Threat Level: green Handler on Duty: Daniel Wesemann

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Ghoulies and Ghosties

Published: 2006-10-31
Last Updated: 2006-10-31 21:00:38 UTC
by Daniel Wesemann (Version: 1)
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Ah, scary things are afoot and go bump while you surf the web! Increasingly unfriendly critters are set to leave you the choice between "trick or trick" whenever you open the browser!  One bit that recently caught my eye again is the increasing effort made by Javascript exploit authors to disguise their crud. Take this one:



Now, anyone can tell from looking at this that whoever wrote this code is trying to hide something. Gone are the days when simple substitutions (like: encoded B is an A, encoded C is a B, etc) were used to hide the URLs where the next bit of nefarious code was pulled from. Over the last months, attackers have apparently evolved beyond first grade math, to highly complex :) concoctions involving binary "shift" and "bitwise and" operations. Wow!

Good thing is though, no matter how many turns and twists they take, decoding the mess is still pretty easy. Frequent readers of this diary will know that "amending" such Javascript blobs with a little additional Javascript, like a carefully placed <textarea> or alert() statement, can make the decoded routine easily visible in the browser of your lab system. In this particular case, the part to aim for is the "eval" (underlined in red) - this is where the decoded string gets executed, and we'd prefer to intercept before this happens. Couple seconds later, we have the web server on the lab station hosting a copy of this file, with eval() replaced by alert().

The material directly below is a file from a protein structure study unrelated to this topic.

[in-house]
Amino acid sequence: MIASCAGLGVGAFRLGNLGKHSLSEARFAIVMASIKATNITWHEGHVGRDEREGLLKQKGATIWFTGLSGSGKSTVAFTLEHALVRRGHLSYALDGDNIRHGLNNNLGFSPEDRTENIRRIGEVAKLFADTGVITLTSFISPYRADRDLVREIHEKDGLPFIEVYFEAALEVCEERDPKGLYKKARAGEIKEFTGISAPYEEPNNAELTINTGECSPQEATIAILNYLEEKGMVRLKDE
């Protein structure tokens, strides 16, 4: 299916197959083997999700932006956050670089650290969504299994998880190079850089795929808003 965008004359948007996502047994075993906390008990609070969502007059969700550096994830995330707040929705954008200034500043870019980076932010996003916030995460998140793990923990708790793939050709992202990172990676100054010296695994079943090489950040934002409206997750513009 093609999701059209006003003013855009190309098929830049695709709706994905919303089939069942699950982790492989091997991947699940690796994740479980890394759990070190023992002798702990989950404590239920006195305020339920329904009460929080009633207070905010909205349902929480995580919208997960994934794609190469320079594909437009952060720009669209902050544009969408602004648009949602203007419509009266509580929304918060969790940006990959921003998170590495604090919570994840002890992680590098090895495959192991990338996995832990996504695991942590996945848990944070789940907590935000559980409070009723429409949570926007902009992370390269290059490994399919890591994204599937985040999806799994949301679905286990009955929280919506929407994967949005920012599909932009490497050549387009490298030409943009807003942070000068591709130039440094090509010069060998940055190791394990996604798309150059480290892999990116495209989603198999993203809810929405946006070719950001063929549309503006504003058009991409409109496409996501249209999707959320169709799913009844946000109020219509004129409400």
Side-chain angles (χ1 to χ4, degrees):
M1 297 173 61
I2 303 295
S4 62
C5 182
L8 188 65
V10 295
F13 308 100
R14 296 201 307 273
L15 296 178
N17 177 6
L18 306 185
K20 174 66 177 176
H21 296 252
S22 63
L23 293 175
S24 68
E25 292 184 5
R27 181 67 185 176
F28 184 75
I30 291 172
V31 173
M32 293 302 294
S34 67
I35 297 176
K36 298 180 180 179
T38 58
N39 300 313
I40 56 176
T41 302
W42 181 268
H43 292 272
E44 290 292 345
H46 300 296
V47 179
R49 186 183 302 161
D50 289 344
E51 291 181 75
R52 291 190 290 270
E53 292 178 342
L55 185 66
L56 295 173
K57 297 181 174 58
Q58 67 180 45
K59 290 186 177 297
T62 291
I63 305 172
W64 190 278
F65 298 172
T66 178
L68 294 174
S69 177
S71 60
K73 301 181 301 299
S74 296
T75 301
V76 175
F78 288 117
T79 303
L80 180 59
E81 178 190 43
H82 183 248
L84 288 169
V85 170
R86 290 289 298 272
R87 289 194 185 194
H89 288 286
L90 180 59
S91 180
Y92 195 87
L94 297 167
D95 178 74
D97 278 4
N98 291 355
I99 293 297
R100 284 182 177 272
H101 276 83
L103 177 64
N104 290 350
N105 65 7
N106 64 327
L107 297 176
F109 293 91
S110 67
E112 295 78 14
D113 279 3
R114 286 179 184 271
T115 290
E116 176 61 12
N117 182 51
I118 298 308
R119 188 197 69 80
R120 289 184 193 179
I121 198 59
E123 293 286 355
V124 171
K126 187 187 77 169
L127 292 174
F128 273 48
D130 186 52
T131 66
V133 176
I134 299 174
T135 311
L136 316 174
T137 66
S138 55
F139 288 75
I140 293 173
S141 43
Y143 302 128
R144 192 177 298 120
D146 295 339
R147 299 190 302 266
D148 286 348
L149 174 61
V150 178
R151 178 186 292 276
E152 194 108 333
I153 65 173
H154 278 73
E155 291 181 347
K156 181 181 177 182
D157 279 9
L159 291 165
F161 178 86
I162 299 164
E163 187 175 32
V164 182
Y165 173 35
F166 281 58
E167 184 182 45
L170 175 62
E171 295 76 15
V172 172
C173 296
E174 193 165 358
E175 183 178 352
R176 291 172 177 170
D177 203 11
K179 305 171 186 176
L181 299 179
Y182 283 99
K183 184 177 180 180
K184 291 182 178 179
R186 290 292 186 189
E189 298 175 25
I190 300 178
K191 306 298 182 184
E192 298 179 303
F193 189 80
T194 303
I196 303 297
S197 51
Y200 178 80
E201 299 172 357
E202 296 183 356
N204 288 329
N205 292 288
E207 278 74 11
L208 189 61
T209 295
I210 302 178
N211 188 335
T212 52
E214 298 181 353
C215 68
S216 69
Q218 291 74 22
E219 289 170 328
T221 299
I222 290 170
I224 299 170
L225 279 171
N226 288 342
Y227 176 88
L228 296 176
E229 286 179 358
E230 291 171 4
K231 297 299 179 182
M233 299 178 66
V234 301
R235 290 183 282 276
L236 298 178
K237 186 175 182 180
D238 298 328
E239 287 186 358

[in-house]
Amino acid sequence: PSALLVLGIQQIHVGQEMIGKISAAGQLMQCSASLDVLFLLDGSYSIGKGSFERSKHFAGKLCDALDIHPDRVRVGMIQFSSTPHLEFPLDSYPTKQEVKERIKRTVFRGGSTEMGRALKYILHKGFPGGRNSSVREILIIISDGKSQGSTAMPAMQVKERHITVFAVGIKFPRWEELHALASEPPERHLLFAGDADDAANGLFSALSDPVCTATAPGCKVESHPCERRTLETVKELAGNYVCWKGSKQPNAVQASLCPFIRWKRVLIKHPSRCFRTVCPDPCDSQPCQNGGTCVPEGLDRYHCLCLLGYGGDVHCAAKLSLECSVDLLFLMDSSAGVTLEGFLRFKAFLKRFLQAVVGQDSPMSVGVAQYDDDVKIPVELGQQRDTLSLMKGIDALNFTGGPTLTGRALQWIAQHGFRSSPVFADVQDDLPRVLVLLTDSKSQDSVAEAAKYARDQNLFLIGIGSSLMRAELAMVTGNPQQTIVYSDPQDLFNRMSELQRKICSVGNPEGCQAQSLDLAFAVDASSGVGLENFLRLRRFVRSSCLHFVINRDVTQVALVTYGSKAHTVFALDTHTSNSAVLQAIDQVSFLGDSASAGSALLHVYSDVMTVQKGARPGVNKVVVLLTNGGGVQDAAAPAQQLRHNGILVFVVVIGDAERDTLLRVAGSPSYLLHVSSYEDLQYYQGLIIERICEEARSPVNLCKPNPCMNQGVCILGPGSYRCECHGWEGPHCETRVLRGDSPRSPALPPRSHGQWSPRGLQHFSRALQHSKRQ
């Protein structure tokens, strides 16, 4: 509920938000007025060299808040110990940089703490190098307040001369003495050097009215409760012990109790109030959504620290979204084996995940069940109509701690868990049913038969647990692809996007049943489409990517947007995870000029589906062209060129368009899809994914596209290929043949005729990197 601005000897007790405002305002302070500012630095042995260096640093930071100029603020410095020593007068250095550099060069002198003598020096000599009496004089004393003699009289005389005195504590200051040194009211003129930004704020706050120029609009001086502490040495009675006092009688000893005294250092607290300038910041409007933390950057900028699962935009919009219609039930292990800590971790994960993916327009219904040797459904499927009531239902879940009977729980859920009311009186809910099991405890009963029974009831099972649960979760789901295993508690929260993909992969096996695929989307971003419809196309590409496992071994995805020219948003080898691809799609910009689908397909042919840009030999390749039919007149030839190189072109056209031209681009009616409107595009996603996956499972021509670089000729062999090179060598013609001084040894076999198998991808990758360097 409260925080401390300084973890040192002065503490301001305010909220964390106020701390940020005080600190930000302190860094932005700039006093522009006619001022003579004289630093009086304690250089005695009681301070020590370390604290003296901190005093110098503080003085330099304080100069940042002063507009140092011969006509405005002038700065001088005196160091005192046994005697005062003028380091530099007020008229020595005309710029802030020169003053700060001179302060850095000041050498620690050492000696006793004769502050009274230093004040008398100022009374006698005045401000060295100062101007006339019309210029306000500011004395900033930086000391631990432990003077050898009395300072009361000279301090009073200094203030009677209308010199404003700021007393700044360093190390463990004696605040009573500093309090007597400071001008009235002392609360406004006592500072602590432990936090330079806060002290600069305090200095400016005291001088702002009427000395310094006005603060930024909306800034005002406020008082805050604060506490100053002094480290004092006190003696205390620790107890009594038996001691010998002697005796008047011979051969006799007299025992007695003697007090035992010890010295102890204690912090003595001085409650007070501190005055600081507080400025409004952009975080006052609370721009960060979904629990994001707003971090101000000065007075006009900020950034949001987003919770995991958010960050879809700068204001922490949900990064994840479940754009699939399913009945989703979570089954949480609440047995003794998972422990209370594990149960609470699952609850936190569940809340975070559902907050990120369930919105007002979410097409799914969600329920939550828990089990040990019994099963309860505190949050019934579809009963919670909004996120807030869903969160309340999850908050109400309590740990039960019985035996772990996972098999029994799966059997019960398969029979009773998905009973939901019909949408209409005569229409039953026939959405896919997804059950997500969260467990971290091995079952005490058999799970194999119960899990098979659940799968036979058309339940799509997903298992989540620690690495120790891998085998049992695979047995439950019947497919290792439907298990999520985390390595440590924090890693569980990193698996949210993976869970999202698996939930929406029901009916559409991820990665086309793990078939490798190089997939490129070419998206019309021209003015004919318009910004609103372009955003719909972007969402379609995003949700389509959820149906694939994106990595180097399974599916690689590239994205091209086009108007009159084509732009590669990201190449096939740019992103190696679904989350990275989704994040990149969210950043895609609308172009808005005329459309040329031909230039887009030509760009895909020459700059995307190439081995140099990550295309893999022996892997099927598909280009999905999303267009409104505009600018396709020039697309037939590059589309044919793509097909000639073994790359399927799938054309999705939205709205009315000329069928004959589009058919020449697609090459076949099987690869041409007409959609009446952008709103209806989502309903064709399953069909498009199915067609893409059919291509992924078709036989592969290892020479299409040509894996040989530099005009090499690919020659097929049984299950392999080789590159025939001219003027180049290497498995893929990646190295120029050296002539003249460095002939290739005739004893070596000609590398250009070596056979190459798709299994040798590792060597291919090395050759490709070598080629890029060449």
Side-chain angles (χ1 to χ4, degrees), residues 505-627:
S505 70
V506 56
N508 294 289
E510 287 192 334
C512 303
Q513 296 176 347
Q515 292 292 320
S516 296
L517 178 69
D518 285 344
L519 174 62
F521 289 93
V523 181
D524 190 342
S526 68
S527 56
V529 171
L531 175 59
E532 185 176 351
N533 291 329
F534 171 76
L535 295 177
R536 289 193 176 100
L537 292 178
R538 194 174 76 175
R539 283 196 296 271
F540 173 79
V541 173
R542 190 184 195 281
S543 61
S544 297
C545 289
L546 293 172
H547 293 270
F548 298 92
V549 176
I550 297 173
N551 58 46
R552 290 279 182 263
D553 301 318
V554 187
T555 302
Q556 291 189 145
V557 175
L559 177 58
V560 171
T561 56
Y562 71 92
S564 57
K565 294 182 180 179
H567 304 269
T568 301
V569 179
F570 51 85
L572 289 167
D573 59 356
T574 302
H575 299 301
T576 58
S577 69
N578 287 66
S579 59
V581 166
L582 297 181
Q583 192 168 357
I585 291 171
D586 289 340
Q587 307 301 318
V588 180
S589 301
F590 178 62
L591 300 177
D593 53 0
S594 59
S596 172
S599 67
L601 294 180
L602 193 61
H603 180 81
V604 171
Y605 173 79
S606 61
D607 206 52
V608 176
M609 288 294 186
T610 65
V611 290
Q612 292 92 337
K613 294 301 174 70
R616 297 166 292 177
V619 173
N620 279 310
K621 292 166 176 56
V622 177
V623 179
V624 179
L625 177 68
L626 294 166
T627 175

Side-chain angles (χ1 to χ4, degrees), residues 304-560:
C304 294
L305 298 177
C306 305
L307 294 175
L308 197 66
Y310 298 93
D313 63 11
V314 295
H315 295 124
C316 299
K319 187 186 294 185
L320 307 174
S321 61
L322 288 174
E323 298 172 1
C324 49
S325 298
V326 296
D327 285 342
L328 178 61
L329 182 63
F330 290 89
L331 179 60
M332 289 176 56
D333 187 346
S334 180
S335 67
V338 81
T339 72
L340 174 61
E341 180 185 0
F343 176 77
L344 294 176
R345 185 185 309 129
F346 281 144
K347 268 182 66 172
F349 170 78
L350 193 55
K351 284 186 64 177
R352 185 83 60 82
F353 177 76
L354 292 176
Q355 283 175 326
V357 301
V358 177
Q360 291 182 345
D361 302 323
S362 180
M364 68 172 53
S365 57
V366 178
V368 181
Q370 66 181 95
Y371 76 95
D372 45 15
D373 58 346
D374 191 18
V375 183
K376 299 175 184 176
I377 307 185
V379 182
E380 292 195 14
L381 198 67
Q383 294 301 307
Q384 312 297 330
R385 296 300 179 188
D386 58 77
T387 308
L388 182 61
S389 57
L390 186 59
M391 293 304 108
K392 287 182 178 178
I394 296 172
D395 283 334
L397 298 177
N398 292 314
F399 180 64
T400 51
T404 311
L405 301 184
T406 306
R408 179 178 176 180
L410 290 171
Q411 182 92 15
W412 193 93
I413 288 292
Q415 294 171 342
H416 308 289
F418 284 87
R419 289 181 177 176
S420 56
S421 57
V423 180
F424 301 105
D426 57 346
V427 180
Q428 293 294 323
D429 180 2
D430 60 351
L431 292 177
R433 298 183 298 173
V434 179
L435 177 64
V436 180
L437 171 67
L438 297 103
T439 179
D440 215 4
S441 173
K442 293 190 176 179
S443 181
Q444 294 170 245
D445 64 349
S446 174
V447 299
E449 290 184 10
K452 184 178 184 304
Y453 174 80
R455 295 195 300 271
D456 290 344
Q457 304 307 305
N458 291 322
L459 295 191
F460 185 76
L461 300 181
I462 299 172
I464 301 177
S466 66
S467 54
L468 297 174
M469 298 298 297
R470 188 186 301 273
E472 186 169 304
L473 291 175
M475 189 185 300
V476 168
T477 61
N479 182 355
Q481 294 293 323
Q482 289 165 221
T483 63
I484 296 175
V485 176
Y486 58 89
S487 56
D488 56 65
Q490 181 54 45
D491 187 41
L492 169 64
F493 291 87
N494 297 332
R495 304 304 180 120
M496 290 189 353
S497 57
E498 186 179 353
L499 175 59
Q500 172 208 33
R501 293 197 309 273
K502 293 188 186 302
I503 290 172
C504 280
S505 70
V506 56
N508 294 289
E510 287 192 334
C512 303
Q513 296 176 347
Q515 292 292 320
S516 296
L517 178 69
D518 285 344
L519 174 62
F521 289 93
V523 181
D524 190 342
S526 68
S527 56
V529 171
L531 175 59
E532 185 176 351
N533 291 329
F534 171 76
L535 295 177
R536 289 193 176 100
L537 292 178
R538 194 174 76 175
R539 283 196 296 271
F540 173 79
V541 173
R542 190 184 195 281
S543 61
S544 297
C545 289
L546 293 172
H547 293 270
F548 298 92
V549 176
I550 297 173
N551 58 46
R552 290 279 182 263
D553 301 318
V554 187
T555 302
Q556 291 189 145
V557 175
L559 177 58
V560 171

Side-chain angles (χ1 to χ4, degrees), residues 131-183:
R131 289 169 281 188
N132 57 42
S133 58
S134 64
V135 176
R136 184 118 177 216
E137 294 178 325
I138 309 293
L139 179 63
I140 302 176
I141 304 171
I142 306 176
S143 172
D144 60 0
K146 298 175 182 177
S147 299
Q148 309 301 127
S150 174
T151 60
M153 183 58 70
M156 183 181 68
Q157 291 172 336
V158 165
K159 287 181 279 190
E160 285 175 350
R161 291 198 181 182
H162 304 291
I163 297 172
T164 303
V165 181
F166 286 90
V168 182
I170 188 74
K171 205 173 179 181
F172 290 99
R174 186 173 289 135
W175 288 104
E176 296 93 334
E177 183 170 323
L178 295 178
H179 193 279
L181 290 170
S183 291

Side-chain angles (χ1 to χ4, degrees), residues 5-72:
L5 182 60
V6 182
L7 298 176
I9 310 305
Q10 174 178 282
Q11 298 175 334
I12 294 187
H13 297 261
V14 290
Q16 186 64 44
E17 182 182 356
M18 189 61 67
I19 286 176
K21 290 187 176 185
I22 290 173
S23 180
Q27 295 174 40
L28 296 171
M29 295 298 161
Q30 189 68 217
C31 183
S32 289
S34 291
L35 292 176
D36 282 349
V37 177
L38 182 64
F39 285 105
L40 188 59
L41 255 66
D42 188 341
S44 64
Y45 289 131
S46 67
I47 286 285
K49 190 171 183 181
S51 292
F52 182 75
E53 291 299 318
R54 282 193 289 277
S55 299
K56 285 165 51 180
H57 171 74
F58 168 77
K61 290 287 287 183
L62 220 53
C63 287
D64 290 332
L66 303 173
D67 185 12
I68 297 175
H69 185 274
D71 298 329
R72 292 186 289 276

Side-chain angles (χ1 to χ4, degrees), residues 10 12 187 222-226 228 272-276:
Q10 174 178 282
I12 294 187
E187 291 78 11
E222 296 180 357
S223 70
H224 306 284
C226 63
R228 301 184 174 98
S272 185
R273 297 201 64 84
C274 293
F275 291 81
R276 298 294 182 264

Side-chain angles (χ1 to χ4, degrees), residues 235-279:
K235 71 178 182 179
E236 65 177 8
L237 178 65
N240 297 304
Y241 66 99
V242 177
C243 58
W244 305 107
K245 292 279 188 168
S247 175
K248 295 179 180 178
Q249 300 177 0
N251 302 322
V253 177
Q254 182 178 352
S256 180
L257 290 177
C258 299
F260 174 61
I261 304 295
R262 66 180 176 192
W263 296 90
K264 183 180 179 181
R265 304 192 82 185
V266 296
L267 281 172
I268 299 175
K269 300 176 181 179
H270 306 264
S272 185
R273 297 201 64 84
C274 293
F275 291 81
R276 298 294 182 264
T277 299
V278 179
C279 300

Hmm. Not yet. Yes, we do get the alert pop up, but it is still full of garbage. But wait, we've had this before : arguments.callee.toString() returns the length of the currently executing Javascript function. So by adding one char (changing from eval to alert), the decoding function changes as well. Rather than to make use of the decoding technique listed in the earlier diary (manually add or subtract the number of chars as needed), we opted this time to keep the length of the code constant. This can be done by simply adding a new Javascript function aler(x) {alert(x)}; and then using "aler" instead of "alert" to replace "eval" in the obfuscated code. Same length.

The de-obfuscated URL goes to (dont click!!) js.pceb.cc, which resolves to 85.255.114.158, which is - surprise surprise - the address range of INHoster in Ukraine. Although we are wary of excessive block-lists, we have repeatedly recommended in the past that you block this range (http://isc.sans.org/diary.php?storyid=997):  85.255.112.0 - 85.255.127.0 . Do it now, and next time they dish up a new treat, it wont trick your users.

Happy Halloween!

Caveat: Try and decode such critters only on a lab system. Careful malware analysts tend to reinstall their systems and change their jobs far less frequently than those who think they got it all down phat.
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